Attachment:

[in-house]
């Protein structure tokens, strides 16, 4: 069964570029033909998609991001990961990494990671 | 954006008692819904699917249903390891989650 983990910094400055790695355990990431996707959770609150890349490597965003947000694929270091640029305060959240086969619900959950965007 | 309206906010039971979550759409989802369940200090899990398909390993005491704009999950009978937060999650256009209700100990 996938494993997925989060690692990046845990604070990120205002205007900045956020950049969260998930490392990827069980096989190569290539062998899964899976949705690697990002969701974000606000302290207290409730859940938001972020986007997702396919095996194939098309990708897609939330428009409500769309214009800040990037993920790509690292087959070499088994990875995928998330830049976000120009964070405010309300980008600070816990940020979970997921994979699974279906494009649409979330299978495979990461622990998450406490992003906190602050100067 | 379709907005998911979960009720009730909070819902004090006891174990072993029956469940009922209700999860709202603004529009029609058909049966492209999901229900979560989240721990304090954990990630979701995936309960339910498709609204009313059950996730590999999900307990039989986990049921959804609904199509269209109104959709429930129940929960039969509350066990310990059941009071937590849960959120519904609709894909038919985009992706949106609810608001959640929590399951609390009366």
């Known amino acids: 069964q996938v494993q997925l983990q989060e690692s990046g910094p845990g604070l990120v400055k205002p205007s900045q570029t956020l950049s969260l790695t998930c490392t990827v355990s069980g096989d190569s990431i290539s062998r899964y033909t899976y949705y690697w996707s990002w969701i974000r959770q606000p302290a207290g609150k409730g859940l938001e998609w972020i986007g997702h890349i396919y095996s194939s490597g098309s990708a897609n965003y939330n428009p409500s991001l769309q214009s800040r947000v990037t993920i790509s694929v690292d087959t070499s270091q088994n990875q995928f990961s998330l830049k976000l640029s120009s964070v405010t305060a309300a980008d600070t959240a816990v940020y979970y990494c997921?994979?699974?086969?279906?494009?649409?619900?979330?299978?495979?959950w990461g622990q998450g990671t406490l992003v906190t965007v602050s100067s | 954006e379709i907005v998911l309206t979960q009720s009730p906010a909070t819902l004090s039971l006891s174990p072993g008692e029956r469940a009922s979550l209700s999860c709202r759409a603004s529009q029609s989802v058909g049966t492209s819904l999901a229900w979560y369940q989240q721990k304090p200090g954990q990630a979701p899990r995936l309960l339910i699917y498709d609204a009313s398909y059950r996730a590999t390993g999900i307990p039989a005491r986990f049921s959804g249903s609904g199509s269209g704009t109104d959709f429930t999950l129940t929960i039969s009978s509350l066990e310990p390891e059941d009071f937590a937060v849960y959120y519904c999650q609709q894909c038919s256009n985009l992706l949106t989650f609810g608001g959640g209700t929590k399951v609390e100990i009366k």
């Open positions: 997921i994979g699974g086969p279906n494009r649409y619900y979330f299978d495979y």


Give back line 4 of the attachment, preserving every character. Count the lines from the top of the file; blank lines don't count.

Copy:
């Open positions: 997921i994979g699974g086969p279906n494009r649409y619900y979330f299978d495979y």